The Henry W. and Albert A. Berg Collection has made the papers of Paul Auster, dating from the years 1999-2005, available to the public. This installment of Auster’s papers joins an existing collection already in the Berg, dating from 1963-1995, and a third installment, bridging the gap between the two collections, from 1995-1999. Guides to all the papers are now available to researchers at the Stephen A. Schwarzman Building (researchers can also email us for a copy at email@example.com.
Auster, who grew up in the New Jersey suburbs of New York, is known for his New York stories featuring protagonists whose usually orderly worlds are upended by chance events. One such novel in draft form in the Auster papers is his The Book of Illusions (2002), a heady, suspenseful story narrated by David Zimmer, a literature professor who has recently lost his wife and sons in a plane crash. Zimmer’s grief leads him to late nights spent watching old movies and an obsession that blooms into a scholarly study of a silent film star who disappeared in 1929. One night, Zimmer is summoned to New Mexico by an inexplicable phone call from a woman who says the missing man is still alive, and we’re off and running. In the telling of Zimmer’s quest, Auster interposes interesting questions about creative identity and the purpose and ownership of art. Other novels, like the early New York Trilogy (1987), stray further from realism (The Berg Collection has the first draft of this influential darling of post-modern texts).
In addition to The Book of Illusions, the 1999-2005 material now available includes drafts of the novels Oracle Night and The Brooklyn Follies. Like Sidney Orr, the protagonist of Oracle Night who writes in expensive European notebooks with a glossy blue cover, Auster himself writes his first drafts in the French-manufactured Clairefontaine notebooks. Auster’s own draft of Oracle Night is in a brilliant blue notebook. Looking at the manuscript creates a kind of Russian doll effect where the viewer opens one blue notebook only to read about another, where a miraculous story involving yet another manuscript unfolds.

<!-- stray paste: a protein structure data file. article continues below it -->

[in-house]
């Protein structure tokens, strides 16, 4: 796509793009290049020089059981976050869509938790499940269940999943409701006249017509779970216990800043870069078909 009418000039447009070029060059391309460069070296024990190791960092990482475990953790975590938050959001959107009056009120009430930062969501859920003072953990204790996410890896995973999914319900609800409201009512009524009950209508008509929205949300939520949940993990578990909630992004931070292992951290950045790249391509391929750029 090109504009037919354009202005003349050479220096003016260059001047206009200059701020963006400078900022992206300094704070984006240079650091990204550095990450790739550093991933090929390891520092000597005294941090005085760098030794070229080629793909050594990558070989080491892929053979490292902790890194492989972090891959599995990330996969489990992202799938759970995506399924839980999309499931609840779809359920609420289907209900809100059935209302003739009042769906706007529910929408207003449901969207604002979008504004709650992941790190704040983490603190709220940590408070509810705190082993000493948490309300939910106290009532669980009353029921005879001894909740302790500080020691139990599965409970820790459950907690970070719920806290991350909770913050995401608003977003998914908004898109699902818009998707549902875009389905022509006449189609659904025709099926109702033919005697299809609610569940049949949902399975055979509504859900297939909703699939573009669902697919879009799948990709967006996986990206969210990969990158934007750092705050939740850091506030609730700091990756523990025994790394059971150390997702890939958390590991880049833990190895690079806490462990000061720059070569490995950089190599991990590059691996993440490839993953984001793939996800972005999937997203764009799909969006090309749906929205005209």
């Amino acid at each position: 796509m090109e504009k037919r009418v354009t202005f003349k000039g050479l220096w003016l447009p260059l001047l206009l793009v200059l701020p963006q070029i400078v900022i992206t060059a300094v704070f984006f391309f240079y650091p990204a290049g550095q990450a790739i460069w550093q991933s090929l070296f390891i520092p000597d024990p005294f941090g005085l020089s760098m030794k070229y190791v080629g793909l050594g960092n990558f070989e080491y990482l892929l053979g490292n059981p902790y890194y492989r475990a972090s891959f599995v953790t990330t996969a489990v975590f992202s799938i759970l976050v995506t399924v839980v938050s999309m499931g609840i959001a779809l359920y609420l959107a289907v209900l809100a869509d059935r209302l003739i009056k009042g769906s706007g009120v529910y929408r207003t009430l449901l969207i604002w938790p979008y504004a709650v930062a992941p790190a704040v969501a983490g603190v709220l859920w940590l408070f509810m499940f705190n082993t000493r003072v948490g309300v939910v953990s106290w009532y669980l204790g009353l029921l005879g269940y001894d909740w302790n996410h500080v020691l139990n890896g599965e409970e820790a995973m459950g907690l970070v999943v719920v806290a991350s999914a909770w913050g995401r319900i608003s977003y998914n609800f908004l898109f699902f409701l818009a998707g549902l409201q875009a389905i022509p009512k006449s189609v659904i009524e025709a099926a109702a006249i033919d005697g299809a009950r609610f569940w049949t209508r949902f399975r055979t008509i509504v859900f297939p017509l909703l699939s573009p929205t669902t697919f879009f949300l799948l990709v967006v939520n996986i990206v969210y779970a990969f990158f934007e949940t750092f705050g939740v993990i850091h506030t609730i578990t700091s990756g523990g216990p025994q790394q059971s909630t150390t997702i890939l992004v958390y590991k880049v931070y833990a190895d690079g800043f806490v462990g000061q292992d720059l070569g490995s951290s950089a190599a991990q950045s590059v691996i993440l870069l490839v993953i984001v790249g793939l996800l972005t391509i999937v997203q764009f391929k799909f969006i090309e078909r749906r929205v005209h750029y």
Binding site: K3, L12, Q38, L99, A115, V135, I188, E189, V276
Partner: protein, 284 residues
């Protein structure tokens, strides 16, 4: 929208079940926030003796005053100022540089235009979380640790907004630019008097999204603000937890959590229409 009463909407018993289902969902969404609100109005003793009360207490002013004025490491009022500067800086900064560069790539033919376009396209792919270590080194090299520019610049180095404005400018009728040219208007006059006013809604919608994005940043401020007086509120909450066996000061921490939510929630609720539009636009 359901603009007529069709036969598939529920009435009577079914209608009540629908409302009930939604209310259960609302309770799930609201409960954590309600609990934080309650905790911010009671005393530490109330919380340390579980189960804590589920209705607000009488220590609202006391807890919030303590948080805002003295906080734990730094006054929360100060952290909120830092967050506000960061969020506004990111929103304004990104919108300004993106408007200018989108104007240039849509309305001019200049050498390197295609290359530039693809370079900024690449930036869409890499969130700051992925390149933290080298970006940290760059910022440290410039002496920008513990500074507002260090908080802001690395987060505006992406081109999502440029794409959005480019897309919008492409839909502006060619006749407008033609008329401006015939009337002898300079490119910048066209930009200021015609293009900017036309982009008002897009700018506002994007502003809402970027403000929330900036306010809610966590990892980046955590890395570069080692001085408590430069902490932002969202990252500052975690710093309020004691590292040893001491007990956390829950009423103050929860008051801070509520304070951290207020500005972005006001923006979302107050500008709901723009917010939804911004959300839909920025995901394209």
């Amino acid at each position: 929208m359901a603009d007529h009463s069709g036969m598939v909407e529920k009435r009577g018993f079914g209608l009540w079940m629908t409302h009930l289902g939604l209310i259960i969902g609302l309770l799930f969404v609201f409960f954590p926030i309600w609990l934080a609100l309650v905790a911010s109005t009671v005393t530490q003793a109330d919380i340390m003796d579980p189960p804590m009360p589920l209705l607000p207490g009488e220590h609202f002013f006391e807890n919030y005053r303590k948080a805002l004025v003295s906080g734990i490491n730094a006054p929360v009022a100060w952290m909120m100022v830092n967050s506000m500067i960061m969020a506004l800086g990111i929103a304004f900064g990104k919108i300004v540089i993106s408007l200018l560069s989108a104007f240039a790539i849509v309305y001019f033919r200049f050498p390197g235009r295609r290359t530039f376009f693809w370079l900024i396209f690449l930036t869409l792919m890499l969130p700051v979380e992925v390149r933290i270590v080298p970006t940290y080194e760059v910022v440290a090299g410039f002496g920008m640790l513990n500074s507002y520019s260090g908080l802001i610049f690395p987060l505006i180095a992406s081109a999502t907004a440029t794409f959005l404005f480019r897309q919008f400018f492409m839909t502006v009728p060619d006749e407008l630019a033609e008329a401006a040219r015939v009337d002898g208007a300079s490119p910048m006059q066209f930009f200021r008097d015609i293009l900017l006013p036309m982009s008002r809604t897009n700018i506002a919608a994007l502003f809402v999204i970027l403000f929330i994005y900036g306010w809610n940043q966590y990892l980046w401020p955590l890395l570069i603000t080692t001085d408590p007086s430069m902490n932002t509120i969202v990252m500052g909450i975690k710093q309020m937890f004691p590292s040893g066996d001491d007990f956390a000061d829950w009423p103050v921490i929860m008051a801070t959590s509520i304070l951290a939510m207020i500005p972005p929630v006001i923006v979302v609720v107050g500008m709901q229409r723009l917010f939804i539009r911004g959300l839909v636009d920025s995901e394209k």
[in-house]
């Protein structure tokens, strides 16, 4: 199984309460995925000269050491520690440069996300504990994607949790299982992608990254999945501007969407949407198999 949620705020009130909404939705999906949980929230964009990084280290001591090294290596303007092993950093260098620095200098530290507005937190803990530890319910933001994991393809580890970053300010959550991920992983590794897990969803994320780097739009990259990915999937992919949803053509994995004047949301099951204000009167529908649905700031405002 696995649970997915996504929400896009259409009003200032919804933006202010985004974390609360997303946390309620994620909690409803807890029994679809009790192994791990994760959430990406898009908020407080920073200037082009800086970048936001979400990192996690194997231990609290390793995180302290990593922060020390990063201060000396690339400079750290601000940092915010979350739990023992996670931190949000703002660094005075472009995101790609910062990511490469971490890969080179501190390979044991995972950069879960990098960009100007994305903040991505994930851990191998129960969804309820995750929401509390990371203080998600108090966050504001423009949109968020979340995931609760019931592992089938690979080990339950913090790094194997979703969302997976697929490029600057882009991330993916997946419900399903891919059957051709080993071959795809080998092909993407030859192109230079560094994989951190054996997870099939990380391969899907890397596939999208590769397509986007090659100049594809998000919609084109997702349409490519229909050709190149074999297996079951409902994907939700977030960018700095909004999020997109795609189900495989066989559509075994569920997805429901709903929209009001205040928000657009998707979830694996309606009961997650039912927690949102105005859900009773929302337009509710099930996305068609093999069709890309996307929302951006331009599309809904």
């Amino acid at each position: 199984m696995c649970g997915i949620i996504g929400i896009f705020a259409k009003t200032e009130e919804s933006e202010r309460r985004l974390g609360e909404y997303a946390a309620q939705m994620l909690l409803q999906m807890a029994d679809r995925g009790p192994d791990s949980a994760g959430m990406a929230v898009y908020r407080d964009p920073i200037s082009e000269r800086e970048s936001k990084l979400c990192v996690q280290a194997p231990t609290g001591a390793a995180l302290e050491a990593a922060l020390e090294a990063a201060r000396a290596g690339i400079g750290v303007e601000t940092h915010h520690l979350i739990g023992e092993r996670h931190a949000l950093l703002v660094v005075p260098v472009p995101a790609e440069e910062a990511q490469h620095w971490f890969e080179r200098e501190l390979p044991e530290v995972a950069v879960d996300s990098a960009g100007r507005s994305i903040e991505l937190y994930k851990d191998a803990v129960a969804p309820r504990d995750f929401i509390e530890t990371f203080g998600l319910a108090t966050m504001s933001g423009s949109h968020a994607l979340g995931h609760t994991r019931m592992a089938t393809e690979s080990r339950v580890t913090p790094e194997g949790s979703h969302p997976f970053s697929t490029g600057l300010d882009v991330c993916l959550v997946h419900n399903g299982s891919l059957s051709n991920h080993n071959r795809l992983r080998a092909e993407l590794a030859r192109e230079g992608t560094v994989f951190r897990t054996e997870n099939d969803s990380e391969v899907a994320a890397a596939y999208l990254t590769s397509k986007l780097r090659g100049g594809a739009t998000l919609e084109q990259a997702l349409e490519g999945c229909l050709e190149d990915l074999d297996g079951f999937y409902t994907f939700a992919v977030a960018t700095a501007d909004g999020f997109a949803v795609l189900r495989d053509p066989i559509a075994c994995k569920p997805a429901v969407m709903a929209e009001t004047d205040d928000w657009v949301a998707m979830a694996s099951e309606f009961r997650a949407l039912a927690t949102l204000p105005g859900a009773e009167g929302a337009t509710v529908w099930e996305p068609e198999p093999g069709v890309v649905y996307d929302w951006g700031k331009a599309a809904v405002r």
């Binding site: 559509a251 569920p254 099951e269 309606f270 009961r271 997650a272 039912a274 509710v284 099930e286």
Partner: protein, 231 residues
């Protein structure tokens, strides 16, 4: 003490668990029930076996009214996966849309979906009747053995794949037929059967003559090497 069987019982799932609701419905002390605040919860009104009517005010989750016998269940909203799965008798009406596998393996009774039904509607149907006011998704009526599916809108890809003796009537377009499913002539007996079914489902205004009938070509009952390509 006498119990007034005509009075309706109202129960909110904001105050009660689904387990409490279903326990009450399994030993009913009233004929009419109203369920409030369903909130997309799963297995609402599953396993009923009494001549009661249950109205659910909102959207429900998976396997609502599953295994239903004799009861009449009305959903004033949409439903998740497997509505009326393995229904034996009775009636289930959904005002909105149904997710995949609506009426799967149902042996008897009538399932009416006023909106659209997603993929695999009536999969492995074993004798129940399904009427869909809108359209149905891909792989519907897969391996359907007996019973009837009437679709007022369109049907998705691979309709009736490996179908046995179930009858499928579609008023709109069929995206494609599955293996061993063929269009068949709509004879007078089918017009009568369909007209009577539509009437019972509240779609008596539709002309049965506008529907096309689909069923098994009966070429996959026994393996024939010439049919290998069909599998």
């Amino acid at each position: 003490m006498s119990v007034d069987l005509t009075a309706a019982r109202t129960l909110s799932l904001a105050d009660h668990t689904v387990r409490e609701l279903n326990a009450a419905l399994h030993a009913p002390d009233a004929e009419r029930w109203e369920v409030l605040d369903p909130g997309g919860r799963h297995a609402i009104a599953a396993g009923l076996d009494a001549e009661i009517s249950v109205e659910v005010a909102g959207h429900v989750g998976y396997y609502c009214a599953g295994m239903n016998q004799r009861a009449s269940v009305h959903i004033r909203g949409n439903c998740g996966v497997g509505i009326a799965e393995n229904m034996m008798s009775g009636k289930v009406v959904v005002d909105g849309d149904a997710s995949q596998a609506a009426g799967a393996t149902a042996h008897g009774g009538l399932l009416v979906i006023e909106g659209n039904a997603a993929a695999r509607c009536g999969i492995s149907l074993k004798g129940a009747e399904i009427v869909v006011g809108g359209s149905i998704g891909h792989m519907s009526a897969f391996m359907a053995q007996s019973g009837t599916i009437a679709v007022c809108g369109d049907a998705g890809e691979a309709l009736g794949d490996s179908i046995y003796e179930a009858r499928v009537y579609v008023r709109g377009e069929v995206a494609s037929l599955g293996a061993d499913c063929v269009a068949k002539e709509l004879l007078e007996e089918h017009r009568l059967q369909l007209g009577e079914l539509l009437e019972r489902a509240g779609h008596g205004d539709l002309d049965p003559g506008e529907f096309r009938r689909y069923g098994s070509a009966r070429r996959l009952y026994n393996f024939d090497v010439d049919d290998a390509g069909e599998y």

The 1999-2005 material also includes the manuscripts of several nonfiction works, including the 2002 The Story of My Typewriter, a love song of a picture book penned in homage to Auster’s vintage manual Olympia typewriter, in use since 1974. Here, Auster’s writing process is animated, both by text and image. In illustrations done by the artist Sam Messer, Auster’s typewriter is caked with paint. Its keys wobble with a palpable kinetic energy; as if they have been recently struck. In other paintings, as with the images above, Auster massages a levitating alphabet mid-air, as if conducting a symphony of words.
The text of Typewriter serves as a printed counterpart to the stardust of the archive itself, pulling back the veil to describe the improbable Olympia, chugging along some thirty years after its acquisition, impervious to the hard truth that some day a shortage of typewriter ribbons will volley it the way of Irish deer and dinosaurs. Auster writes unabashedly here of his aversion to PCs and Macs as well as email (a dislike borne out in the archive, rich in holograph and typescript pages, but few computer print-outs). Advantage, researcher: Because the author uses the fax as his primary mode of written communication, the archive preserves both outgoing and incoming parts of the conversation. Correspondence includes letters to and from Beckett, as well as the artists/writers Pedro Almodovar, Sophie Calle, William Corbett, Don DeLillo, Jonathan Lethem, Sam Messer, Michael Ondaatje, Philippe Petit, Rick Moody and Jonathan Safran Foer.
Also in Auster’s archive is a draft of the introduction for Nathanial Hawthorne’s charming and poignant Twenty Days with Julian and Little Bunny by Papa, which chronicles Hawthorne’s adventures looking after his son, while his wife Sophia and daughters Una and Rose were away (for a complete listening of the Berg’s Hawthorne holdings, please see the finding aids).
Additional material dating from the years 1995-1999, including drafts of the novels Leviathan and Mr. Vertigo as well as material-related to the cult film favorites Smoke and Blue in the Face (written and directed by Auster) is currently being processed, and will likely be available to the public later this year.
For recent novels by Auster, check out the intriguing Invisible (2009) and Sunset Park (2010).